Holidays are upon us – Thanksgiving, Christmas, New Year’s. Shippers are rushing to complete their last orders and get everything in or out before holiday closures. The year is coming to an end as well, and no one wants to leave freight behind and drag it into the new year. Of course, it’s the time for vacation and being with family, but a few days before everyone leaves for long weekends are usually busier than ever as shippers try to ship out everything that popped up last minute, got delayed or overlooked.

This is a classic picture of a calendar year in the transportation industry, or the four seasons of freight transportation if you wish. Being aware of this pattern is a must for any transportation professional and helps forecast and stay on top of the market changes.

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It’s the Holiday Season Again, Time for Shipping Delays

Still searching online last-minute holiday gifts? Well, you are one of the millions this holiday season to use an e-commerce site to do their shopping. Whether you ordered something for your home, business, or a loved one, expect to see some delays in delivery.

iStock-118288507-1.jpgIt happens every year, all the last-minute items needing to be shipped cause delays for all those involved in the shipping cycle. Everyone has been working hard to process the higher than predicted number of shipments so they can arrive at their destinations in time.

UPS is facing an unusually high volume of daily packages this year according to several news sources. Even throughout their busy schedule, they still intend to successfully deliver all the packages on time… all 750 million of them. FedEx is also in the same boat as UPS with a high volume of packages. DHL is planning to hire an estimated 6,000 employees to assist with their December operations across North America.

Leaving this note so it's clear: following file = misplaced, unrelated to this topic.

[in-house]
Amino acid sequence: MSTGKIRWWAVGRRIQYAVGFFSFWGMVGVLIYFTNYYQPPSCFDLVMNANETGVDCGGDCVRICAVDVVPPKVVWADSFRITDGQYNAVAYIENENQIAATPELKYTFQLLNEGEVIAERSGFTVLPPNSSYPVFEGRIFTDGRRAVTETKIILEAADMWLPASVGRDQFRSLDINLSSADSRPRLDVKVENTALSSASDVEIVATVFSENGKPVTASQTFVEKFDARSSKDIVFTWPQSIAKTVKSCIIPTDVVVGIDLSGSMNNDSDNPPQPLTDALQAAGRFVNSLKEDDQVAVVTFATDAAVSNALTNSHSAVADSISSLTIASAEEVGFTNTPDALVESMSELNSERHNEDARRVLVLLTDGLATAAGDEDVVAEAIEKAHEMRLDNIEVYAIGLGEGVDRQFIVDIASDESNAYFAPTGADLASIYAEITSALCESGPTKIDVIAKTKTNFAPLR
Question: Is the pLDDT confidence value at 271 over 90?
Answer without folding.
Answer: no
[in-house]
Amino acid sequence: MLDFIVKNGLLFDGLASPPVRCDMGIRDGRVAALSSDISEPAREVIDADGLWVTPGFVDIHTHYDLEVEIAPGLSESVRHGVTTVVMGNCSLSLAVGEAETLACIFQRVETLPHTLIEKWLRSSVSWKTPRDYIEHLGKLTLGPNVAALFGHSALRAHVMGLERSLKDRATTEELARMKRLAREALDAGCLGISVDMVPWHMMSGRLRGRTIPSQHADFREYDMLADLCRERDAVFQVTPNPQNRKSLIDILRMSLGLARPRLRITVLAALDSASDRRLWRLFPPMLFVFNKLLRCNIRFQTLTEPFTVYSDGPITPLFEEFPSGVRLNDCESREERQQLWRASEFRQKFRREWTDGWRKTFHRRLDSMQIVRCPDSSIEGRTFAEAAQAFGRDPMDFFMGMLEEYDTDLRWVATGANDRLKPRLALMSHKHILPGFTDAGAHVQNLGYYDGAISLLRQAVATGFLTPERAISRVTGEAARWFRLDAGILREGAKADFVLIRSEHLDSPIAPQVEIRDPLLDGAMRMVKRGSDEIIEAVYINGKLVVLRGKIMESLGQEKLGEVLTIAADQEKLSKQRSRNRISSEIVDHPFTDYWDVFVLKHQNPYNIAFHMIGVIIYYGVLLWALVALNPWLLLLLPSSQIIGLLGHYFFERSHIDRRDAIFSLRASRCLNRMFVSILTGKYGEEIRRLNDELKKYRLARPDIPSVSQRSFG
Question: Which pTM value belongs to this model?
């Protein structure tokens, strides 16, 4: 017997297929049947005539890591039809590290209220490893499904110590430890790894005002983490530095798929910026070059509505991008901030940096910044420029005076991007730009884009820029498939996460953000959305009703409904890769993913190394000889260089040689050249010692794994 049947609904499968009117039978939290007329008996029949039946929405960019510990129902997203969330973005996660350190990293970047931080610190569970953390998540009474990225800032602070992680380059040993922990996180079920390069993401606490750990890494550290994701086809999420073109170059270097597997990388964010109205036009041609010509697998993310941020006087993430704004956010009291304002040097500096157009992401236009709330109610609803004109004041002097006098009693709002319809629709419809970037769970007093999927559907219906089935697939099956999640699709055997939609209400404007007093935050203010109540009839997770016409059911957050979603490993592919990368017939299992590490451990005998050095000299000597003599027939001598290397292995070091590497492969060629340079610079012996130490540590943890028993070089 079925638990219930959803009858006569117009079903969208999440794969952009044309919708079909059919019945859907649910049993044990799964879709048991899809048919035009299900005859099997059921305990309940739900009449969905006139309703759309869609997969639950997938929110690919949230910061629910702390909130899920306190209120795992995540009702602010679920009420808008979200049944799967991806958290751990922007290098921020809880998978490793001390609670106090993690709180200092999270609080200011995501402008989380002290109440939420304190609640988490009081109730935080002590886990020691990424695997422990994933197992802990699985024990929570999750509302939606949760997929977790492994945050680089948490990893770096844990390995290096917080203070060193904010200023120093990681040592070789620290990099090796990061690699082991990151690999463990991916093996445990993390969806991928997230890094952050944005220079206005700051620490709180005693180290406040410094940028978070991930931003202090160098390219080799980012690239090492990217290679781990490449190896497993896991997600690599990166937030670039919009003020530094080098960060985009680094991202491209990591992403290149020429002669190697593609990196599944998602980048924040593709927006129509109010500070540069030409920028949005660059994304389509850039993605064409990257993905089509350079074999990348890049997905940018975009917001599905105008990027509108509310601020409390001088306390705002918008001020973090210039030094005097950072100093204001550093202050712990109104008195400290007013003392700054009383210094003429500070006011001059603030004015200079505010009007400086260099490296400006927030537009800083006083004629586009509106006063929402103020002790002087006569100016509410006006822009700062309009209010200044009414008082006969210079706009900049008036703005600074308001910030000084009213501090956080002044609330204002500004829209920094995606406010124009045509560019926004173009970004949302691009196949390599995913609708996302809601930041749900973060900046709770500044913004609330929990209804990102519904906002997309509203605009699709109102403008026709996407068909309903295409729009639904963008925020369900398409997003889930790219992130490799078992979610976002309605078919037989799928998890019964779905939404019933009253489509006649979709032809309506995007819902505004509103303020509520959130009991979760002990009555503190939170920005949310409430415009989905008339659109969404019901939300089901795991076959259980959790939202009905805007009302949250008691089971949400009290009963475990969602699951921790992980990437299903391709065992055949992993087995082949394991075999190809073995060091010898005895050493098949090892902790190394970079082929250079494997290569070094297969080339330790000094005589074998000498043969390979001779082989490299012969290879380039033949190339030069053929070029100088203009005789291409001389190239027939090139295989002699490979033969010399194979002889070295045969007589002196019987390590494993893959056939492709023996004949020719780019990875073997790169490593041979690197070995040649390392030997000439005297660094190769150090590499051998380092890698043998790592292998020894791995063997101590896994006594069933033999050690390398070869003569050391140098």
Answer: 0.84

The delays are being blamed on the improper use of technology and an unstable retail environment. But the limited air space and truck space create strict movement. “During the holidays, there simply isn’t enough capacity,” according to Sam Cinquegrani, Founder and CEO of ObjectWave. The capacity was already at a high, but the demand from the holidays creates further restrictions.

To combat the delays and spread out capacity, companies like FedEx and UPS have been working directly with retailers nationwide to prevent a high amount of shipments on peak days. Together, they increase the prices of shipping rates for those peak days and offer a cheaper alternative for slower shipping.

If we are to help with delays in the future, the use of the Amazon drone would be beneficial in taking some of the stress away from carriers and shippers, but there are also the consumer options such as Amazon Locker. Using options that allow the consumer to reach their goods using their own mobility are low cost compared to the implementation of drones (which the technology is not quite there yet) and they can easily be incorporated into day-to-day operations.